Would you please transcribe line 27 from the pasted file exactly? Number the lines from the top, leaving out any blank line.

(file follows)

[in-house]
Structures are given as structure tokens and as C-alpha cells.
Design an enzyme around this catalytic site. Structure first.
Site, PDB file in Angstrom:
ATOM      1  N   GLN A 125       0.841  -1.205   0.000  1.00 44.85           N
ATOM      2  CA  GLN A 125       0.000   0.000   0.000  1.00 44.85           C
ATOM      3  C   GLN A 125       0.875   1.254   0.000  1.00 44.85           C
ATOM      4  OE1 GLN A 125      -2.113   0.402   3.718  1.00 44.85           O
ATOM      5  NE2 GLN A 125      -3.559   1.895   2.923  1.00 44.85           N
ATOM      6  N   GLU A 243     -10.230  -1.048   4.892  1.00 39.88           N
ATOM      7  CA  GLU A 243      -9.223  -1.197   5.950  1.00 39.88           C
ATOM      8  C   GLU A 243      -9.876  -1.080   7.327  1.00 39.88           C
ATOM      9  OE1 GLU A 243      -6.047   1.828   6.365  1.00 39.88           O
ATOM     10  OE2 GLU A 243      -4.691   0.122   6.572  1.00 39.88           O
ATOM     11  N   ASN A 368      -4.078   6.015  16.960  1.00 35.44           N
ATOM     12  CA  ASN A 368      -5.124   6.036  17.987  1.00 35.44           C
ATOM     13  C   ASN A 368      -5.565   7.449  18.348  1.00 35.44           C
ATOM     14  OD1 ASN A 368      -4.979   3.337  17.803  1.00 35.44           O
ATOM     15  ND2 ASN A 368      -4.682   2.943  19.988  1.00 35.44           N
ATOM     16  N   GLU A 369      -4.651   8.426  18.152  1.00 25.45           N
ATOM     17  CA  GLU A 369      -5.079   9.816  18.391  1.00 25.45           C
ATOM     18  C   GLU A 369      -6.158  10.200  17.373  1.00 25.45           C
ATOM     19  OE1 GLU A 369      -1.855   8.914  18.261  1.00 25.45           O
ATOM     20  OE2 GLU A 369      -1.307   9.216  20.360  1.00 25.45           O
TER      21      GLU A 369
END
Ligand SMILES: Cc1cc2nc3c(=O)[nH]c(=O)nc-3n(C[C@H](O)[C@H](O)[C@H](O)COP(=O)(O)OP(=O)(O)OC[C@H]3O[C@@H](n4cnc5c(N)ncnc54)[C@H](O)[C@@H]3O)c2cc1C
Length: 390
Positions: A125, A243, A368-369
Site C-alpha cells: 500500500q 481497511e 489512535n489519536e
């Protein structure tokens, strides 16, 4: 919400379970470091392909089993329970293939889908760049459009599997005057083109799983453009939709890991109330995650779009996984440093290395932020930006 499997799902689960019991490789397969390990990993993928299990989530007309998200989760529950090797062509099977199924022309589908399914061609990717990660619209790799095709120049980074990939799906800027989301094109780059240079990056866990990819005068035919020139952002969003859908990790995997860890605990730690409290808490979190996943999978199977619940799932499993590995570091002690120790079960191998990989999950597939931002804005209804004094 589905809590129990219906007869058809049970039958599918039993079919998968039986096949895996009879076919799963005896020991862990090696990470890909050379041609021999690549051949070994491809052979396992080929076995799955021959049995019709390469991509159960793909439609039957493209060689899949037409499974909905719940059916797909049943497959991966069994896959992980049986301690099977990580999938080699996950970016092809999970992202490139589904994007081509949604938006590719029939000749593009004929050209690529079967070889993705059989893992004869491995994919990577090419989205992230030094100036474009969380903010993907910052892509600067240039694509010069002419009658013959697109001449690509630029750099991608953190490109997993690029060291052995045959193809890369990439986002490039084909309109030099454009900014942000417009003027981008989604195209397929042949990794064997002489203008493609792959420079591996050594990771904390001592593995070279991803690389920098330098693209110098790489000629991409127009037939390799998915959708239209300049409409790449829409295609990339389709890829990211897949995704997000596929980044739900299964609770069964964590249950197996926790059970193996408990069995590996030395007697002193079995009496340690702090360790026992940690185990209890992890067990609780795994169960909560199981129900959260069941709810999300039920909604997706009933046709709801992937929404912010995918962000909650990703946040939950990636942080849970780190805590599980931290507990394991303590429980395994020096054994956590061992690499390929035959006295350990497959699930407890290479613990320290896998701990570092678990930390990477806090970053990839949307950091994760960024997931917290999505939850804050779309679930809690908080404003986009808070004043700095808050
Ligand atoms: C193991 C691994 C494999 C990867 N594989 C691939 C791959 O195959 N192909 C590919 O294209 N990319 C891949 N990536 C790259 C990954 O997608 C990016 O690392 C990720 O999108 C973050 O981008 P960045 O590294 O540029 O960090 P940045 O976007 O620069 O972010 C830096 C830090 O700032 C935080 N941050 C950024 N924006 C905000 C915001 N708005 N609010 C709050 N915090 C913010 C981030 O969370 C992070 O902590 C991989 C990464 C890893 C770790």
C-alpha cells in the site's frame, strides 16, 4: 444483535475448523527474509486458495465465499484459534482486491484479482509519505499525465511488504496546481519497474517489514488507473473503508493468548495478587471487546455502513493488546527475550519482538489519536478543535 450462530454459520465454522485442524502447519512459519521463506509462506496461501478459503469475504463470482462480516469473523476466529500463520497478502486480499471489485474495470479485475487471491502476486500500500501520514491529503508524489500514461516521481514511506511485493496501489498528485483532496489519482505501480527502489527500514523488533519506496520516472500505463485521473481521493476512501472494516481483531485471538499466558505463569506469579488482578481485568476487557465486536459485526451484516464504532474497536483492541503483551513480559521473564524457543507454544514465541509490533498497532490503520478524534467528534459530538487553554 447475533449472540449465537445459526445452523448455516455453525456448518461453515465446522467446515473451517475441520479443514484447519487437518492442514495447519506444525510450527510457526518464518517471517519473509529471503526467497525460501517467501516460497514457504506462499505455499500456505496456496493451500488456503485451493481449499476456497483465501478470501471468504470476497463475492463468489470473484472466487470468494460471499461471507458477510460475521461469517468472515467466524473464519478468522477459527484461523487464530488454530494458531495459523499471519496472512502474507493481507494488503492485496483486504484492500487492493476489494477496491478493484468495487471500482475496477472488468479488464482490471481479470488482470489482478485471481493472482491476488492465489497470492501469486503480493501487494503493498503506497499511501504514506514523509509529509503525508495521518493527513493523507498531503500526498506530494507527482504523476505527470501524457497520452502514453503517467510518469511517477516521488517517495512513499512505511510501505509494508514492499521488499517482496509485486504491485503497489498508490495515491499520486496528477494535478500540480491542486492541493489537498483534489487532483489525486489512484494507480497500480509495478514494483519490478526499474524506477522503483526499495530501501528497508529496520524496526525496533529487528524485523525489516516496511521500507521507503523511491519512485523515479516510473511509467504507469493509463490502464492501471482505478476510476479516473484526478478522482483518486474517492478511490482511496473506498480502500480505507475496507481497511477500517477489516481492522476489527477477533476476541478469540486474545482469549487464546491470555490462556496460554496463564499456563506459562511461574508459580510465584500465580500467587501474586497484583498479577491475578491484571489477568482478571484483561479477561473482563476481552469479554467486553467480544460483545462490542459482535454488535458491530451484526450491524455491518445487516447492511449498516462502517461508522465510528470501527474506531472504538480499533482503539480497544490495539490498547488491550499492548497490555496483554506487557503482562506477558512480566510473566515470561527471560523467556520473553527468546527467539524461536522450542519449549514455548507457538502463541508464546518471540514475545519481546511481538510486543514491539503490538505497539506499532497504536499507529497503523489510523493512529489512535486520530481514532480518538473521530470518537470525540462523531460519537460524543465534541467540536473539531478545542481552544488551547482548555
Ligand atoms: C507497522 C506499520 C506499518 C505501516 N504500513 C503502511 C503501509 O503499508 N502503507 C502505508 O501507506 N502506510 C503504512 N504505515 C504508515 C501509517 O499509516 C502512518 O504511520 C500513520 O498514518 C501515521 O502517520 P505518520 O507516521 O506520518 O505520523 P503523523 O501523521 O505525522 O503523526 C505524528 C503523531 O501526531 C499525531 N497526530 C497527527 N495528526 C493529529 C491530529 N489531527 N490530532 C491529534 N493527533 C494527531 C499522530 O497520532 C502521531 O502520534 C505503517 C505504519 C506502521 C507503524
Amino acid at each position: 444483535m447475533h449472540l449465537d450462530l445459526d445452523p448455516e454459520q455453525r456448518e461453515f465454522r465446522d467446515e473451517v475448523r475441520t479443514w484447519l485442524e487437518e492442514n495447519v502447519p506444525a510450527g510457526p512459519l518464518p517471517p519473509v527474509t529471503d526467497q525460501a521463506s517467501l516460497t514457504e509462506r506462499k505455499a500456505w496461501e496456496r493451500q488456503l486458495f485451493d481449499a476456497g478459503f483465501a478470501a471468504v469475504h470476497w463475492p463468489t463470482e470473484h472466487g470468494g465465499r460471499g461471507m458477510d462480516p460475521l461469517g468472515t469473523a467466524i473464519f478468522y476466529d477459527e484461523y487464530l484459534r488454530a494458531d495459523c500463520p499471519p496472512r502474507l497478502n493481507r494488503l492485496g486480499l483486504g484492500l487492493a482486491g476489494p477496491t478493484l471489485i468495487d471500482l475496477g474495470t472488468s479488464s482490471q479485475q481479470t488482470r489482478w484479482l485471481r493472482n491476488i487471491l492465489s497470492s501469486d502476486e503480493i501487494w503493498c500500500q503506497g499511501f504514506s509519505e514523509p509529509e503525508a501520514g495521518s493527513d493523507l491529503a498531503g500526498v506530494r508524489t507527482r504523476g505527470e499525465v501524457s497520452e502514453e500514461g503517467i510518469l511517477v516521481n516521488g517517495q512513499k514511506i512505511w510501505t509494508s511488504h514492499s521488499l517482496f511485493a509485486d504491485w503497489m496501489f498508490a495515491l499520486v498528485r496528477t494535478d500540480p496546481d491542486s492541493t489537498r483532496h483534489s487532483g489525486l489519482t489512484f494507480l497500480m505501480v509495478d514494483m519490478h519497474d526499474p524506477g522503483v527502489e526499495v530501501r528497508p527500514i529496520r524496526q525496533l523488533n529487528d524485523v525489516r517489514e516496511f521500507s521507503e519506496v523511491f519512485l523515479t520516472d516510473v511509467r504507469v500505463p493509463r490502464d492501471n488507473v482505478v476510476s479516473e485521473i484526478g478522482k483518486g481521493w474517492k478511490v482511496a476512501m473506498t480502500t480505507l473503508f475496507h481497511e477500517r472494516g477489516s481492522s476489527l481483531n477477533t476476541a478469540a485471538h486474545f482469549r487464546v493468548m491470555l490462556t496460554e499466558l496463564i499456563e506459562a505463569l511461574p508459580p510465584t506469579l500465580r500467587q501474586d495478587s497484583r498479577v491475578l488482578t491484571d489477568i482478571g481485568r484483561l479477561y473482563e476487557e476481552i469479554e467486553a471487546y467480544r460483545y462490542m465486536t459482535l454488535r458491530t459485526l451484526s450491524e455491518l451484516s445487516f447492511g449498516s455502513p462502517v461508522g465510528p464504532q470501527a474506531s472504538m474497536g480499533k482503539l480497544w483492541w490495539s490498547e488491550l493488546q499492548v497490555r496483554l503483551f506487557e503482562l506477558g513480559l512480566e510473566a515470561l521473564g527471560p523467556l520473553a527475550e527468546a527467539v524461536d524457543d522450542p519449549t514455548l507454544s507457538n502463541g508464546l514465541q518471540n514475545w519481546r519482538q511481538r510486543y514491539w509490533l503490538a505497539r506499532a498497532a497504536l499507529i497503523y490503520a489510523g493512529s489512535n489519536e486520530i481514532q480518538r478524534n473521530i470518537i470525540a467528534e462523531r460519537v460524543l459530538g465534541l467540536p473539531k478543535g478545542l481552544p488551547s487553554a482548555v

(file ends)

Ligand SMILES: Cc1cc2nc3c(=O)[nH]c(=O)nc-3n(C[C@H](O)[C@H](O)[C@H](O)COP(=O)(O)OP(=O)(O)OC[C@H]3O[C@@H](n4cnc5c(N)ncnc54)[C@H](O)[C@@H]3O)c2cc1C